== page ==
Pain in Children with Juvenile Idiopathic Arthritis | Overview
Juvenile Idiopathic Arthritis (JIA) is the most common cause of non-infectious joint inflammation in children. In this study, we show that JIA is associated with widespread sensitivity to painful mechanical and thermal stimuli, even in the absence of pain reports, or markers of disease activity. Localized joint-associated inflammation in JIA patients may produce generalized changes in pain sensitivity.
Who was eligible to participate?
- Children and adolescents ages 7/17 years with JIA
- Absence of cognitive impairment or known developmental disability
- No known or suspected neurological disorder
What did the study involve?
60 children were studied on the day of their clinic visit at Boston Children’s Hospital. We asked children to complete a series of questionnaires and to take part in skin sensation testing (QST).
Questionnaires asked about general health, school attitudes, how often they feel pain and how it sometimes affects them.
Skin sensation testing (QST) involved measuring responses to touch, pressure and temperature. We wanted to look at how sensitive the children were to each type of sensation.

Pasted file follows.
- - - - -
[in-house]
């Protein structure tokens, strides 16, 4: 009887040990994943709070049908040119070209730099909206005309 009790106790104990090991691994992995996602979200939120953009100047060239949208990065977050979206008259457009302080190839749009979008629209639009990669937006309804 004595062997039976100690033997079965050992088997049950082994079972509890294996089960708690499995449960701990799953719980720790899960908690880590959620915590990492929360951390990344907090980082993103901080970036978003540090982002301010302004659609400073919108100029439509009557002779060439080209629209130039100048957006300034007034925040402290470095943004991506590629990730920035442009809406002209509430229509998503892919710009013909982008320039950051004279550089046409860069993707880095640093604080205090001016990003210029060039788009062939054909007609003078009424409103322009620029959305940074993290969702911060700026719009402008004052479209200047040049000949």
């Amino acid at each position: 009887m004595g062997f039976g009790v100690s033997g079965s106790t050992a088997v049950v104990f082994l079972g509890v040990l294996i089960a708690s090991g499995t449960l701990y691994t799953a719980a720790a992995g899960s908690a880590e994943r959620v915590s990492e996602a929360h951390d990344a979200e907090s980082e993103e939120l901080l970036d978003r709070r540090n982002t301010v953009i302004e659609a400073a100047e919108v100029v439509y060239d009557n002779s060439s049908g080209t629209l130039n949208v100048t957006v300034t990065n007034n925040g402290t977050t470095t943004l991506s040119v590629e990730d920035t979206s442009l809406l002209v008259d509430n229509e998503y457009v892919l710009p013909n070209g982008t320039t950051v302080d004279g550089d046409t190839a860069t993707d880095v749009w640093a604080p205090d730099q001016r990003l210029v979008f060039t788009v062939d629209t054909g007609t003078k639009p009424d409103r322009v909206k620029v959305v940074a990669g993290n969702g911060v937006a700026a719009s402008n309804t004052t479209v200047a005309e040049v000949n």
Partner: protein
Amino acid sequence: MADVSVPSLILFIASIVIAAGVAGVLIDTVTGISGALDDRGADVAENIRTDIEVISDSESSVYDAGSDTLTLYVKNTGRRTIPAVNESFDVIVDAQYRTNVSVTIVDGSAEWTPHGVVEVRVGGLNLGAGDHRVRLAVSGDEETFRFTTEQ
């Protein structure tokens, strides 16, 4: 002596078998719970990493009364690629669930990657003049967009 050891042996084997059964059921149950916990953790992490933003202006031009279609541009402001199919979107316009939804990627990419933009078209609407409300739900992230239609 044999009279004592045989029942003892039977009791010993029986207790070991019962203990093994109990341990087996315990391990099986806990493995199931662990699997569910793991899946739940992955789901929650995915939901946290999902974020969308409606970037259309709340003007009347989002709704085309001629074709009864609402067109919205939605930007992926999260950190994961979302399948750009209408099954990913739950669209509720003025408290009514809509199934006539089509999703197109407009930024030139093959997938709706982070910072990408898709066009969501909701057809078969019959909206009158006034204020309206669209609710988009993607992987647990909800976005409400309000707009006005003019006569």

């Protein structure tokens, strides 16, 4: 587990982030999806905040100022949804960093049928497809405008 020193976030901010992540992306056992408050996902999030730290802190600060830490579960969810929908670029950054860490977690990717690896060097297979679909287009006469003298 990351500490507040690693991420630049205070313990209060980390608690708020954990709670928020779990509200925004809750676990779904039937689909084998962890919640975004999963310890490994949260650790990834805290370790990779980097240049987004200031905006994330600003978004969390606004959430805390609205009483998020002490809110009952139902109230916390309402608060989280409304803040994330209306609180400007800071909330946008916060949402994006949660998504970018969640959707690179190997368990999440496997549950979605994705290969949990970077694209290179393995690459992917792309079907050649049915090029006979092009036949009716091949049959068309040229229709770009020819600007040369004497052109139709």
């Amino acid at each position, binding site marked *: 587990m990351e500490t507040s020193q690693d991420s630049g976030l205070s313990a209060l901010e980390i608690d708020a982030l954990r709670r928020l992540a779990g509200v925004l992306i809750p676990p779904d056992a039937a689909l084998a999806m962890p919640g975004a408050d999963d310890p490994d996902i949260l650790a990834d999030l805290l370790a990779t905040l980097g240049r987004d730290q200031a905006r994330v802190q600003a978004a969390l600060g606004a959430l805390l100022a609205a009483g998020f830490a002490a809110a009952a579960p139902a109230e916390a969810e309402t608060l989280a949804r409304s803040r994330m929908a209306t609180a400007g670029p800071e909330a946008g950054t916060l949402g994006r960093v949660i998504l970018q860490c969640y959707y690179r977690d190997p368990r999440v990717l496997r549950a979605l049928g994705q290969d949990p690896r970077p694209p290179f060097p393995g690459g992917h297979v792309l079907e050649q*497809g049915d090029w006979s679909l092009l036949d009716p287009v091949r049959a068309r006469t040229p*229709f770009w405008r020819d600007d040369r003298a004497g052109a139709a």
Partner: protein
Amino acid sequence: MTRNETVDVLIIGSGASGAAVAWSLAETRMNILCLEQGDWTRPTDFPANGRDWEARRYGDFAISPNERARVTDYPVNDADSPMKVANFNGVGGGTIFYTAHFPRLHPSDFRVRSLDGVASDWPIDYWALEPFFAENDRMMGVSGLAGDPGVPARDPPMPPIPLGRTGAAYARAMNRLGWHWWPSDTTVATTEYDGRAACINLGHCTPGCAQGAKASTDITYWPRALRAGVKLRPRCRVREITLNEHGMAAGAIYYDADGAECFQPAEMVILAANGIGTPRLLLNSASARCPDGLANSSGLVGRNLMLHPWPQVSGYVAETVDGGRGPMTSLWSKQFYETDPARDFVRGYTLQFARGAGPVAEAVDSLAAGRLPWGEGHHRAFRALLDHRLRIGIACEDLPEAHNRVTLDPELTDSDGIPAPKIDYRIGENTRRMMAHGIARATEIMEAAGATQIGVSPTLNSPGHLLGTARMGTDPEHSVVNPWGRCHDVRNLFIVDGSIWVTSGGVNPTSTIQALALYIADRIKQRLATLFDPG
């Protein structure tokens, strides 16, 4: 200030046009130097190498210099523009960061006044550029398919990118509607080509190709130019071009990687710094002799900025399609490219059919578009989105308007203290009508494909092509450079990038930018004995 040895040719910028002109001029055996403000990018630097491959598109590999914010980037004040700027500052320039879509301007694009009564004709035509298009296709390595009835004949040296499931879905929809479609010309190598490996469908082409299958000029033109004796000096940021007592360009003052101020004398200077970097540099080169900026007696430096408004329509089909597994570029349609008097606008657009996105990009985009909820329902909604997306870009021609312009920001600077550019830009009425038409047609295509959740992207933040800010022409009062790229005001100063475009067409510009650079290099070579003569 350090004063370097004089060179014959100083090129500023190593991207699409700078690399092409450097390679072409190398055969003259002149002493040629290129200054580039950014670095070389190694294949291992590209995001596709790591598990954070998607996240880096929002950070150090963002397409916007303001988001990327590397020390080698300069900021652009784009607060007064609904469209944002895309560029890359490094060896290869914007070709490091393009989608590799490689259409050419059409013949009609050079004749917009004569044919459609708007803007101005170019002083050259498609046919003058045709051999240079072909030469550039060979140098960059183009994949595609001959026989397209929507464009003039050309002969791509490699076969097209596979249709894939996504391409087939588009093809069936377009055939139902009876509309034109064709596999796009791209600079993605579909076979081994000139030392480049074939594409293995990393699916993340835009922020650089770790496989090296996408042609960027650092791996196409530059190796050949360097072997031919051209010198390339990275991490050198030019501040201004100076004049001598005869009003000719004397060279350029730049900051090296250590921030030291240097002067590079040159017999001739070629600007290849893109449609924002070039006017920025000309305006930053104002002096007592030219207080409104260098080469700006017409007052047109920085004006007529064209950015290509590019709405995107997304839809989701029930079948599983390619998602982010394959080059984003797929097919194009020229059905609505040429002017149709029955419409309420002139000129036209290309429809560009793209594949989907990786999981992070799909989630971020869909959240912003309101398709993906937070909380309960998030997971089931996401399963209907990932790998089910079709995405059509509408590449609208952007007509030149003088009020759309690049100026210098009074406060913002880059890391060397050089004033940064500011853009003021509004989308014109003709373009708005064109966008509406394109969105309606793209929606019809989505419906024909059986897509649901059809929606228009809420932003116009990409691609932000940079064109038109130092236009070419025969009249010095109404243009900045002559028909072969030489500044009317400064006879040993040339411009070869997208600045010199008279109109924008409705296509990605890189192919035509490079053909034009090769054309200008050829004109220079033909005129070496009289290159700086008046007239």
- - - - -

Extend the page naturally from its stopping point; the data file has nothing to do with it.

Collaborating Research Groups
The study was a collaboration between the Department of Anesthesiology, Preoperative & Pain Medicine, and Program in Rheumatology at Boston Children’s Hospital, with our European colleagues at the Department of Pediatric Neurology, Psychosomatic Medicine & Pain Therapy, Center for Child & Adolescent Medicine Olgahostpial, Stuttgart, Germany, and German Pediatric Pain Center, Children’s and Adolescents’ Hospital, Dattln, Germany.
Cornelissen, L., Donado, C., Kim, J., Chiel, L., Zurakowski, D., Logan, D.E, Meier, P., Sethna, N.F., Blankenberg, M., Zernikow, B., Sundel, R.P. & Berde, C.B. (2014). Pain hypersensitivity in juvenile idiopathic arthritis: a quantitative sensory testing study. Pediatr Rheumatol 12(39), doi 10.1186/1546-0096-12-39